The family holds deep roots in the Wallowa Valley, and Dale professes hope that future generations will continue their forebears’ stewardship of the land. Despite urbanization looming on the horizon that vision remains plausible. Howard’s daughter Joanna owns and manages the tree farm, and Dale’s four children will share ownership of the ranch when he dies. The venerable patriarch seems unconcerned about the future, perhaps because of the past. Surrounded by thriving ponderosa pines, he observes, “the land’s been in the family since the 1880’s, and I’d say we’ve taken pretty good care of it.” Looking around, I’d have to agree.
By: Hunter Dunn
“Somewhere between a hippie and a cowboy.” That’s how Jim Zacharias describes himself. Dressed in his ripped logging attire you wouldn’t guess that he’s on the Wallowa Resource Board—or any board for that matter. There’s a large hole in the right shoulder of his collared white and baby blue stripped shirt. A shock of greyed hair reaches for his neck from underneath a Jay Zee Lumber ball cap that might once have been black.
As a high schooler, Zacharias contemplated being a wildlife biologist, but like many of his classmates he decided to become a logger which allowed him to stay in the county. After losing his mill job in the 90’s timber bust, he started the Joseph Timber Company, the first mechanical thinning operation on public land in the county. Now he owns a custom logging company which has a contract with a private ranch to extract $50,000 worth of timber annually. As a small-scale logger, Zacharias made a point of showing us the line between the property he selectively cuts and the property the Hancock Investment Group recently clearcut. In contrast to the outsider group, his company elects to leave snags for wildlife habitat. Hoping to dispel misconceptions about loggers, he told us, “Even the biggest, roughest, toughest logger, if he sees a birds nest in that tree, he kind of cringes.”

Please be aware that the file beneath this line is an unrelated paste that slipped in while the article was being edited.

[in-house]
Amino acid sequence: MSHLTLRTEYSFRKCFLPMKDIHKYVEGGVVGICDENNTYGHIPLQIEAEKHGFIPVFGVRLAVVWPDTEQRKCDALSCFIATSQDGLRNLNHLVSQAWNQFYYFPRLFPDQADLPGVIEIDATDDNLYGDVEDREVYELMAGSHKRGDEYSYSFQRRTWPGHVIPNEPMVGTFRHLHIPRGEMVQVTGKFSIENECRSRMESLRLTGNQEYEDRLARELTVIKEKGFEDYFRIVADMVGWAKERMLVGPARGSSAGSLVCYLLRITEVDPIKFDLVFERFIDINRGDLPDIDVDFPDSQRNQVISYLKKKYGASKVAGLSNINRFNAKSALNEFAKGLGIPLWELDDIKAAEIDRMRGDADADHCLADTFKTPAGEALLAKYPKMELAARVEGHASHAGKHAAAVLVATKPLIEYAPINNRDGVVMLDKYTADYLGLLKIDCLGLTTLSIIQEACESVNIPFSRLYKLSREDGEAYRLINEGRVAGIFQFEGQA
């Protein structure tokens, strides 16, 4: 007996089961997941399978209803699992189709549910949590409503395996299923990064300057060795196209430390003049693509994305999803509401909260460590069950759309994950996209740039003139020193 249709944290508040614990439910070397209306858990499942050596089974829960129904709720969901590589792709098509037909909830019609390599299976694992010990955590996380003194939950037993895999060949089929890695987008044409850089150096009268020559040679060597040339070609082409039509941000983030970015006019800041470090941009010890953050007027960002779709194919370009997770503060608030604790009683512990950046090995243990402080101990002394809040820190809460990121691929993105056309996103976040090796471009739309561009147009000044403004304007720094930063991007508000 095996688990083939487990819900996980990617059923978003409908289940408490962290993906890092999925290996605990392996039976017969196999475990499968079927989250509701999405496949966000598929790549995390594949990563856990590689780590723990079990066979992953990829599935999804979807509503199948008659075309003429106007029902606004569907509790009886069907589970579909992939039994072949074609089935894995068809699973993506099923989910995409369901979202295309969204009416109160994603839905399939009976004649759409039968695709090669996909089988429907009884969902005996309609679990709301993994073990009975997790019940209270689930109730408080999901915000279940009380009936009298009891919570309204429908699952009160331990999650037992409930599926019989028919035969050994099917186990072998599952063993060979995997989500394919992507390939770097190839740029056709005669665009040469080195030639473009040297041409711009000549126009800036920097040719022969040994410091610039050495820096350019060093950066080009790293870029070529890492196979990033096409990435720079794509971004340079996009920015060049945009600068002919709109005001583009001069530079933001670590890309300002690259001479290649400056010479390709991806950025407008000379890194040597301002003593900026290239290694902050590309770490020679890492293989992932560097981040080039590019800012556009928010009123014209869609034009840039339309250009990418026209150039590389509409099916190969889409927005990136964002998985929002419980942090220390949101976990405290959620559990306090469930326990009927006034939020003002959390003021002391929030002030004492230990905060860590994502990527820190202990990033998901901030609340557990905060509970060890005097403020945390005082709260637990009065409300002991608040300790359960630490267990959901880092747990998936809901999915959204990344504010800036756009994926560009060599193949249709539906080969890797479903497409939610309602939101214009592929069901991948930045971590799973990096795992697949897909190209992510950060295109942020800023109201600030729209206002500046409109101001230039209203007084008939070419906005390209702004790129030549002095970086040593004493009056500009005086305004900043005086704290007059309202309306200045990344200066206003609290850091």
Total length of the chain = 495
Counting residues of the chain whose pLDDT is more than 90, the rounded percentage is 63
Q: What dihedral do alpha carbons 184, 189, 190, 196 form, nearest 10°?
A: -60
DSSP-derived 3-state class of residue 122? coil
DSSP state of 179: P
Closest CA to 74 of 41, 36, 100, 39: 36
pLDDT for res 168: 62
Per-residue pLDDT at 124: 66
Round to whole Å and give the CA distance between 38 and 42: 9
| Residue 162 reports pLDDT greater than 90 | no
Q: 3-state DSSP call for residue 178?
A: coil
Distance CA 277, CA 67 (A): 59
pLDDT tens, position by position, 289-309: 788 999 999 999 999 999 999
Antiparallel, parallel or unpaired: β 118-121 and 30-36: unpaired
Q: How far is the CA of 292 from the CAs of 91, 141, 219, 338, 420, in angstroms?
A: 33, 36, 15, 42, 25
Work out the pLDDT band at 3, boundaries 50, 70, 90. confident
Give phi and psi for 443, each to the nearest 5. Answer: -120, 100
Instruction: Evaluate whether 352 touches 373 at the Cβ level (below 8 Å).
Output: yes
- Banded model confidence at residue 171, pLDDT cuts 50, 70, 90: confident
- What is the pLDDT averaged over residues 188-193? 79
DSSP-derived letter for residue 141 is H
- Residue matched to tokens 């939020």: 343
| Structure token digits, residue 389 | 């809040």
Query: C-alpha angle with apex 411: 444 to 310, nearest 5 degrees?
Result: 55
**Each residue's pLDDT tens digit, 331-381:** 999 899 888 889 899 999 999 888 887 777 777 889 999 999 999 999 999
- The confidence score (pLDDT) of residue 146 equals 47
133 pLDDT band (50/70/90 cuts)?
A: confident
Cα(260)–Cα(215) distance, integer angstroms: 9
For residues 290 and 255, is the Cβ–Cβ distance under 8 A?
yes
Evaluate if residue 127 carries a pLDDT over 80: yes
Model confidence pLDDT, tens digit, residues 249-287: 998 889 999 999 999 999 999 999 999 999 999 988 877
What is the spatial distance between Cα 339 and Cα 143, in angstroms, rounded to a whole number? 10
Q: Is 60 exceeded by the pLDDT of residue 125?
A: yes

By: Griffin Cronk
As his truck bumps along the road through a meadow of pine trees, Doug McDaniel smiles and says deliberately, “I’m pumped about what’s going on in my life.” Thinking back, he recalls his two-month stint in dental school, which ended when he decided that it was a waste to be inside on a beautiful day, particularly when elk season was about to open. Doug has lived his whole life in Wallowa County, working as a forester before moving into timber management and industrial engineering. Currently, he works on restoring a length of the Wallow River that cuts through his land. Channeled by the Army Corps of Engineers in the 1950s, Doug has taken the initiative to excavate the section and return it to its meandering state. The river now winds through his property, providing habitat for fish, tall grasses, birds, and swaying cottonwoods. He adamantly solicits participation from the community on this project in the form of opinions, suggestions, scrutiny, and criticism. When asked what he likes most about working in the forest, he responds “[my] life is outside…it’s just home.”
By Hannah Trettenero